Historic building on Magazine Beach yours, with break in rent, if state likes the concept
The Powder Magazine building at Magazine Beach has been a few things since 1818 – an ammunition storage depot, a bathhouse and park storage building – and the state Department of Conservation and Recreation is willing to hear any idea about what it should be next.
The state isn’t calling for formal proposals just yet. Its Request for Expressions of Interest is a looser process meant to present the property to the public, gauge general interest in the opportunity and collect information to guide the next step: a more formal Request for Proposals.
“The purpose is to collect and identify parties interested in the unique opportunity to be a part of the next chapter in the long and rich history of this historically significant property,” said Kevin O’Shea, a spokesman for the DCR, in a press release.
A partnership with the state could be either through a short-term permit lasting up to 10 years or a longer-term lease in a Historic Curatorship Program model used nationally and statewide. “The program has resulted in very successful partnerships at other locations throughout the state, most recently at [Boston’s] Maudslay State Park,” the press release said, noting that 19 state properties have been rehabilitated or are under rehabilitation through the program, with more than $16 million in private funds leveraged toward long-term preservation – because the program works by taking underutilized but historically significant properties and partnering with outside partners who exchange rehabilitation, management and maintenance toward fair-market rent.
Over the past few years, the state, with matching grant funding from the city and Cambridgeport Neighborhood Association, has invested more than $500,000 in rehabilitation and repair of the Powder Magazine’s roof, masonry walls, windows and doors.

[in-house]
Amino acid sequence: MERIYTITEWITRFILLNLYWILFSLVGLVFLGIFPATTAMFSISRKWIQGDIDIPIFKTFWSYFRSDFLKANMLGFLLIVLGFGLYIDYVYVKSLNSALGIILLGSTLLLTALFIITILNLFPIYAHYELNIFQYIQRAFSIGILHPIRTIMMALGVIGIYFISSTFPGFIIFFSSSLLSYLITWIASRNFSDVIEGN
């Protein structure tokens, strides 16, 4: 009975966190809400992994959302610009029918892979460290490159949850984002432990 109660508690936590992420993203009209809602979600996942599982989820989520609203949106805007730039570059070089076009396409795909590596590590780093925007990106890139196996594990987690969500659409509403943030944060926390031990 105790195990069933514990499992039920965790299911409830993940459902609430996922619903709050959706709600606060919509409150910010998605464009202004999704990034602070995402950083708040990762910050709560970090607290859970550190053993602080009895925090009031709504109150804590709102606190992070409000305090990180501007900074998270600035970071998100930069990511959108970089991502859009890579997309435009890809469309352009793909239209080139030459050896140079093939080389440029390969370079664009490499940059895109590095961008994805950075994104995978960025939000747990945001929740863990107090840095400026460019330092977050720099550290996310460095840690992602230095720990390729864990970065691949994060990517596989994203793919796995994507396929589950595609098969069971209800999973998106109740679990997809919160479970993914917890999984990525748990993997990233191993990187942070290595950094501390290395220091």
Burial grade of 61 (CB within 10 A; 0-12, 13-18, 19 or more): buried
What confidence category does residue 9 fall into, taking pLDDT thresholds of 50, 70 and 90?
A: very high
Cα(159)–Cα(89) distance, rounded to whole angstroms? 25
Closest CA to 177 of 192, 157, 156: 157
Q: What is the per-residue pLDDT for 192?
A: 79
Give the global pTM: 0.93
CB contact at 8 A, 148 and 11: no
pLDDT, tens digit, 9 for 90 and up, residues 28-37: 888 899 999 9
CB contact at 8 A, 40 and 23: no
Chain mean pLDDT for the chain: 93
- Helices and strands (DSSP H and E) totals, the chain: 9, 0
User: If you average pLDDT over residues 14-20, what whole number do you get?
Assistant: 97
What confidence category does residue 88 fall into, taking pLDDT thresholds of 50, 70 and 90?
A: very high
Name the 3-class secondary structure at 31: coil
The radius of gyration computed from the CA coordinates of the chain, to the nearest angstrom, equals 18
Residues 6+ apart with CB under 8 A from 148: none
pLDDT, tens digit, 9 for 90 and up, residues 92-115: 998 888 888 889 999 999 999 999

“The Powder Magazine Building is an important part of the history of the commonwealth, the city of Cambridge and the Charles River Basin,” DCR Commissioner Carol Sanchez said. “By partnering with an outside party, DCR will ensure that the building is preserved and reconnected to the community for years to come.”
Work on the surrounding park goes on separately, with a public meeting about the design for its western part – ideally set by the end of the year, with implementation in 2016, said Cathie Zusy, chairwoman of the association and its Magazine Beach Committee – planned for 6:30 to 8 p.m. Nov. 18 in the auditorium of the Morse School, 40 Granite St.
But no matter how nice the park will be, Zusy said, “We need a great lessee for the Powder Magazine.”
An open house from noon to 2 p.m. Nov. 7 allows a look at the property. Those interested in attending should RSVP here. The next step would be a response to the state, due by by 3 p.m. Dec. 9.
For paper copies or information on the program, send email to [email protected], call (617) 626-1361 or write to the Historic Curatorship Program at the Department of Conservation and Recreation on the seventh floor of 251 Causeway St., Boston MA 02114.
This post took significant amounts of material from a press release.